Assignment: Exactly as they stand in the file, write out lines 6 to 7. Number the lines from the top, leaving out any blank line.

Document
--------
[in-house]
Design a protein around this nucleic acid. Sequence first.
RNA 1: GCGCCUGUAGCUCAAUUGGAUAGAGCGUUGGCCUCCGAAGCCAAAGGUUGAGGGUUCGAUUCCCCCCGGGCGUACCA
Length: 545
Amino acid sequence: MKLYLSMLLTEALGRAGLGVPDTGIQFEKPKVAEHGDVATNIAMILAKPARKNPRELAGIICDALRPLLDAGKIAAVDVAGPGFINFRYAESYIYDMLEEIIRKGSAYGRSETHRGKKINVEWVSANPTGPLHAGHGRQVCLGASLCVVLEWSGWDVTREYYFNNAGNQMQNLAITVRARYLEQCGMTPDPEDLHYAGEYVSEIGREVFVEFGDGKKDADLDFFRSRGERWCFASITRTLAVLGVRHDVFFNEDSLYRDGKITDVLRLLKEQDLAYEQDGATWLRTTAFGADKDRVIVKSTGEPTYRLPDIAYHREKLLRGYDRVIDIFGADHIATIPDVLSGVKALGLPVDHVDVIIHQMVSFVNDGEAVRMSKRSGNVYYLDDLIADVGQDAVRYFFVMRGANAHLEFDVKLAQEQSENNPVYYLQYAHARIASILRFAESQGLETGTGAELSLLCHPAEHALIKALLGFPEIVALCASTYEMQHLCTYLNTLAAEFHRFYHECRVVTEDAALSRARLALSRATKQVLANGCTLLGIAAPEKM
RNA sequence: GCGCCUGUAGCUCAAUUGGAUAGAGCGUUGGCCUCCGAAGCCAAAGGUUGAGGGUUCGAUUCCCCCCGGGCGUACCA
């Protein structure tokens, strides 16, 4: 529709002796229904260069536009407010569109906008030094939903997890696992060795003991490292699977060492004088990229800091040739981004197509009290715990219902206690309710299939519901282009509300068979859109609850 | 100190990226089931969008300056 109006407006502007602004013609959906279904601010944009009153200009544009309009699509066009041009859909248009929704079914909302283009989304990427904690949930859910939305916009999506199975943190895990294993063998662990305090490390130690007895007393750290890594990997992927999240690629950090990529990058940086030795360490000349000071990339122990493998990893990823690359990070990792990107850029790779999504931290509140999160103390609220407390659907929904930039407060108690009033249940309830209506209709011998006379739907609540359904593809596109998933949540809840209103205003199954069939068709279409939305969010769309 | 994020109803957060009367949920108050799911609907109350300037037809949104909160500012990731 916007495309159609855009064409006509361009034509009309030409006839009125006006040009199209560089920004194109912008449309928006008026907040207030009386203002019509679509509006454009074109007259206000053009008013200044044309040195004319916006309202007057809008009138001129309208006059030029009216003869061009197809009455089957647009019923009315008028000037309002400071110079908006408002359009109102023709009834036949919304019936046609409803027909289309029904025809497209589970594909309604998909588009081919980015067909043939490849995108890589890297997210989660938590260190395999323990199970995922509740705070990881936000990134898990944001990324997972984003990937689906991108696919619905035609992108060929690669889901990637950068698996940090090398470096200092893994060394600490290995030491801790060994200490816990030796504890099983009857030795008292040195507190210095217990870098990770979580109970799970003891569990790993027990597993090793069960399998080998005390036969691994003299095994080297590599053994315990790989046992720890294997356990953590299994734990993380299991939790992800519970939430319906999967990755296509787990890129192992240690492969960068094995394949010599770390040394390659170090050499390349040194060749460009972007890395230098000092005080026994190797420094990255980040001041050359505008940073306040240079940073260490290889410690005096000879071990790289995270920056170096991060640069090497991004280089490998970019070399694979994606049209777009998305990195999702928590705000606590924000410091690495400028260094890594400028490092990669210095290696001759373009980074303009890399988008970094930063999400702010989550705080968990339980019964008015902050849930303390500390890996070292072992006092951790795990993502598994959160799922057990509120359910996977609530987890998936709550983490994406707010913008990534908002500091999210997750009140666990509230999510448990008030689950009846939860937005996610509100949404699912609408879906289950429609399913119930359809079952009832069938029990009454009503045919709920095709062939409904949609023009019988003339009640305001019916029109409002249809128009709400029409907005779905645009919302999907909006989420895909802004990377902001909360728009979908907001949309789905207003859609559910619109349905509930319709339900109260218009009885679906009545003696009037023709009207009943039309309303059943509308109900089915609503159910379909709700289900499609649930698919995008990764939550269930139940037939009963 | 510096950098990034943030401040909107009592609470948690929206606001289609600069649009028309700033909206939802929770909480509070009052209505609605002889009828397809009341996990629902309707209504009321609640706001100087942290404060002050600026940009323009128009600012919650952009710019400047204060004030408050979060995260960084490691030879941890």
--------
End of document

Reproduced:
RNA sequence: GCGCCUGUAGCUCAAUUGGAUAGAGCGUUGGCCUCCGAAGCCAAAGGUUGAGGGUUCGAUUCCCCCCGGGCGUACCA
């Protein structure tokens, strides 16, 4: 529709002796229904260069536009407010569109906008030094939903997890696992060795003991490292699977060492004088990229800091040739981004197509009290715990219902206690309710299939519901282009509300068979859109609850 | 100190990226089931969008300056 109006407006502007602004013609959906279904601010944009009153200009544009309009699509066009041009859909248009929704079914909302283009989304990427904690949930859910939305916009999506199975943190895990294993063998662990305090490390130690007895007393750290890594990997992927999240690629950090990529990058940086030795360490000349000071990339122990493998990893990823690359990070990792990107850029790779999504931290509140999160103390609220407390659907929904930039407060108690009033249940309830209506209709011998006379739907609540359904593809596109998933949540809840209103205003199954069939068709279409939305969010769309 | 994020109803957060009367949920108050799911609907109350300037037809949104909160500012990731 916007495309159609855009064409006509361009034509009309030409006839009125006006040009199209560089920004194109912008449309928006008026907040207030009386203002019509679509509006454009074109007259206000053009008013200044044309040195004319916006309202007057809008009138001129309208006059030029009216003869061009197809009455089957647009019923009315008028000037309002400071110079908006408002359009109102023709009834036949919304019936046609409803027909289309029904025809497209589970594909309604998909588009081919980015067909043939490849995108890589890297997210989660938590260190395999323990199970995922509740705070990881936000990134898990944001990324997972984003990937689906991108696919619905035609992108060929690669889901990637950068698996940090090398470096200092893994060394600490290995030491801790060994200490816990030796504890099983009857030795008292040195507190210095217990870098990770979580109970799970003891569990790993027990597993090793069960399998080998005390036969691994003299095994080297590599053994315990790989046992720890294997356990953590299994734990993380299991939790992800519970939430319906999967990755296509787990890129192992240690492969960068094995394949010599770390040394390659170090050499390349040194060749460009972007890395230098000092005080026994190797420094990255980040001041050359505008940073306040240079940073260490290889410690005096000879071990790289995270920056170096991060640069090497991004280089490998970019070399694979994606049209777009998305990195999702928590705000606590924000410091690495400028260094890594400028490092990669210095290696001759373009980074303009890399988008970094930063999400702010989550705080968990339980019964008015902050849930303390500390890996070292072992006092951790795990993502598994959160799922057990509120359910996977609530987890998936709550983490994406707010913008990534908002500091999210997750009140666990509230999510448990008030689950009846939860937005996610509100949404699912609408879906289950429609399913119930359809079952009832069938029990009454009503045919709920095709062939409904949609023009019988003339009640305001019916029109409002249809128009709400029409907005779905645009919302999907909006989420895909802004990377902001909360728009979908907001949309789905207003859609559910619109349905509930319709339900109260218009009885679906009545003696009037023709009207009943039309309303059943509308109900089915609503159910379909709700289900499609649930698919995008990764939550269930139940037939009963 | 510096950098990034943030401040909107009592609470948690929206606001289609600069649009028309700033909206939802929770909480509070009052209505609605002889009828397809009341996990629902309707209504009321609640706001100087942290404060002050600026940009323009128009600012919650952009710019400047204060004030408050979060995260960084490691030879941890």